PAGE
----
Reading Aloud to Children at Project Homeless Connect

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Sound Outreach hosted Project Homeless Connect on October 25, 2017, in Tacoma, Washington, and provided services to over 1,000 people.

 

Reading Aloud recruited reading volunteers to read to young children in the childcare area at the event, nurturing future readership and literacy.

Image source: Facebook @homelessconnect

According to the annual point-in-time homeless count, between 1,300 and 1,700 people are homeless in Pierce County, Washington, and about fourteen percent of them are families with children. Homelessness, even when families are in shelters, can restrict literacy development. A 2010 examination of reading opportunities in shelters noted that a shelter's gender, age restrictions, and curfew rules can disrupt families and social engagement, creating barriers to family reading opportunities. As of 2008, 75% of homeless children read below grade level.

Image source: Facebook @homelessconnect

Our goal was to foster connections between children’s minds, literary development, and resources freely available in our community. We borrowed books from the local public library and allowed the children to choose from the titles.

Preparations

Upon obtaining project approval from my instructor, I sought and received permission from the event organizer. I immediately began recruiting volunteers through my classroom course spaces and through a variety of social media outlets.

 

I used my library's website to construct a children's reading list that included literary award winners and titles mentioned in course readings. I placed approximately 50 titles on hold and checked them out the day before the event.

 

Eleven volunteers signed up, primarily using my online form. This form emailed me about each signup and I responded with a confirmation email to each volunteer.

 

I created a Google Map showing local public libraries and printed it on the back of a simple story log that volunteers could fill in and send home with children.

 

I emailed the full names and birthdates of my volunteers to the event organizer one week before the event so that she could perform background checks on the individuals who would be working with children.

Meanwhile one of my volunteers emailed me that she was going to create giveaway buttons with images of children's books and clever reading slogans, and another volunteer asked if she could bring her guitar!

The Event

The childcare area was staffed with members of Delta Sigma Theta, a community member, and my readers. The room had been filled with toys, and snacks and clothing giveaways were stationed in the corners. There were a couple of rugs on the concrete floor, a few conference chairs, several folding tables, and a bench-like cot.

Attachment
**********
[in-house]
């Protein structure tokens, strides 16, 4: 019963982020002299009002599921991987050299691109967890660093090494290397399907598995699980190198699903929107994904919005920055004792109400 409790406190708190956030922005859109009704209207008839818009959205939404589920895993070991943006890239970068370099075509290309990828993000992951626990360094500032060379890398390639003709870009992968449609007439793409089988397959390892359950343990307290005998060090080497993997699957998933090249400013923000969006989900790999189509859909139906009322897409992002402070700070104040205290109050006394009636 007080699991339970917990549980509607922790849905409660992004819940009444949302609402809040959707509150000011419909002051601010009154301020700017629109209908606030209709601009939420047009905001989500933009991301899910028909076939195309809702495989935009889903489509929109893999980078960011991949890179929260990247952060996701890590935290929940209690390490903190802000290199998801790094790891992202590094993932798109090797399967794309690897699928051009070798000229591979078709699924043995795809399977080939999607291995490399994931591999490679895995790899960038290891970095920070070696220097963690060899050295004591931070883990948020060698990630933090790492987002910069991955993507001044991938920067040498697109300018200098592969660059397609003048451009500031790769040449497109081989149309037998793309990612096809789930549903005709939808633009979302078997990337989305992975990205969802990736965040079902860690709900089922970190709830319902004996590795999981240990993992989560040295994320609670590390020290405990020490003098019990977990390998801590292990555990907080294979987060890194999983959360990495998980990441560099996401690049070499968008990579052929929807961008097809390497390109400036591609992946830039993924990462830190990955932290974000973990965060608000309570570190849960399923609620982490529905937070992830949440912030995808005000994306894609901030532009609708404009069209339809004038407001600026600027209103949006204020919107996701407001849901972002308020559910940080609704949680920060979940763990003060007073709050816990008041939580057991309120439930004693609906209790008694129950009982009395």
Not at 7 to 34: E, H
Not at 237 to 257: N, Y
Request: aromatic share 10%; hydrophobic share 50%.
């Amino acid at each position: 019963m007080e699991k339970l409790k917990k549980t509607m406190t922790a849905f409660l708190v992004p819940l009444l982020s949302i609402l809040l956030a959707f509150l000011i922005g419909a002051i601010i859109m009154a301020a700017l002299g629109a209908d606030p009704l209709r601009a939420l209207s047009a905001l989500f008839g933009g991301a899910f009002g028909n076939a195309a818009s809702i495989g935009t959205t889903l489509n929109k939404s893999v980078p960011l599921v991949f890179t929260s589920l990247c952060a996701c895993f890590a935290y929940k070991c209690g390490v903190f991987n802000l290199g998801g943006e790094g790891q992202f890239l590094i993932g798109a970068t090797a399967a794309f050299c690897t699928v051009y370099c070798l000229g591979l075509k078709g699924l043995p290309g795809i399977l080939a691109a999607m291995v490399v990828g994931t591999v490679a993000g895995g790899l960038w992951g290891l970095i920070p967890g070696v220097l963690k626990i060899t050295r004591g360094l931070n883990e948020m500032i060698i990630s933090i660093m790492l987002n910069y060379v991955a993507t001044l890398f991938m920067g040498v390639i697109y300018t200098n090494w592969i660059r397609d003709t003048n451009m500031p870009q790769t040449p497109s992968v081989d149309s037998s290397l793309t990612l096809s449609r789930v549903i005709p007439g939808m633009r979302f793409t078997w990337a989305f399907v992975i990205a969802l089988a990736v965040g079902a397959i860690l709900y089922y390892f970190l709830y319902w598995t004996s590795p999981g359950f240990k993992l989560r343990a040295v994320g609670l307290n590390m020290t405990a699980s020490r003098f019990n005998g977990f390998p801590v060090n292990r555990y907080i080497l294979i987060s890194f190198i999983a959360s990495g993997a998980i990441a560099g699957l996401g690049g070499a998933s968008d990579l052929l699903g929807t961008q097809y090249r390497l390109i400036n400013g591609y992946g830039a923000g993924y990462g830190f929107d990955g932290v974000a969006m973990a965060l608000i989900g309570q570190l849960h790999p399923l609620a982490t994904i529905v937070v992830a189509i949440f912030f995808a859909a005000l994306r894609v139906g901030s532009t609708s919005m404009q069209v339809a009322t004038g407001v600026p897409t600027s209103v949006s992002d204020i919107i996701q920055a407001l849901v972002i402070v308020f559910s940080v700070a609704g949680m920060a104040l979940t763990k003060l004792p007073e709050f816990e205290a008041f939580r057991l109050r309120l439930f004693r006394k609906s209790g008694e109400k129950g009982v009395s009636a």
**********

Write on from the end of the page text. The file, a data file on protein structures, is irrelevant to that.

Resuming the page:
Children were checked in throughout the event and given ID wristbands and nametags. Volunteers greeted the new arrivals and invited them to read or play. The children tended to prefer active play, but were nevertheless eager to choose books (whether or not they stuck around to be read to) and were transfixed by the guitar music.

 

A couple of volunteers brought children's books to give away. In the morning we handed them to the children as they left. In the afternoon we put them on the check-in table for adults and children to see and take. All books were claimed by the end of the day.

Outcomes
  • Over 1,000 people were served during the one-day, mid-week event

  • An estimated 15-20 children, ages 6 months through 8 years, were entertained with books, songs, interactive play, and attention

  • Resources were compiled into this website for use in future events

For Next Time

I look forward to participating in future events that support youth literacy in our community. As I plan for the next time...

 

Repeat these actions for success:

  • Recruit volunteers across many platforms--people want to help!

  • Use Google Forms again--it was easy for volunteers and for me to keep things organized

  • Welcome musicians--kids love music!

  • Send a reminder to volunteers--doing so prompts them to let us know if their plans have changed; it also allows us to communicate notes about programming and expectations

 

Room for improvement:

  • Contact the partner organization earlier and clarify all details well in advance

  • Consider partnering with other organizations so we can cross-promote resources

  • Hold a book drive, divide materials by target age groups, and give the books to the families; send remaining books to a shelter

  • At this particular event, attendees must register once doors open, so there are few children to care for in the first half hour

  • Determine what are giveaways (books, clothes, food) and if there are limits on what families may take; be sure that these are clearly separated from any items brought with children in care

  • Stay in contact with volunteers and nurture their generosity of resources and spirit, and inspire them to sustain their support for underserved communities

 

I can probably omit these ideas:

  • Library locations (the reverse side of the story logs) are of limited use; families in poverty have trouble with transportation to/from and getting there during open hours

 

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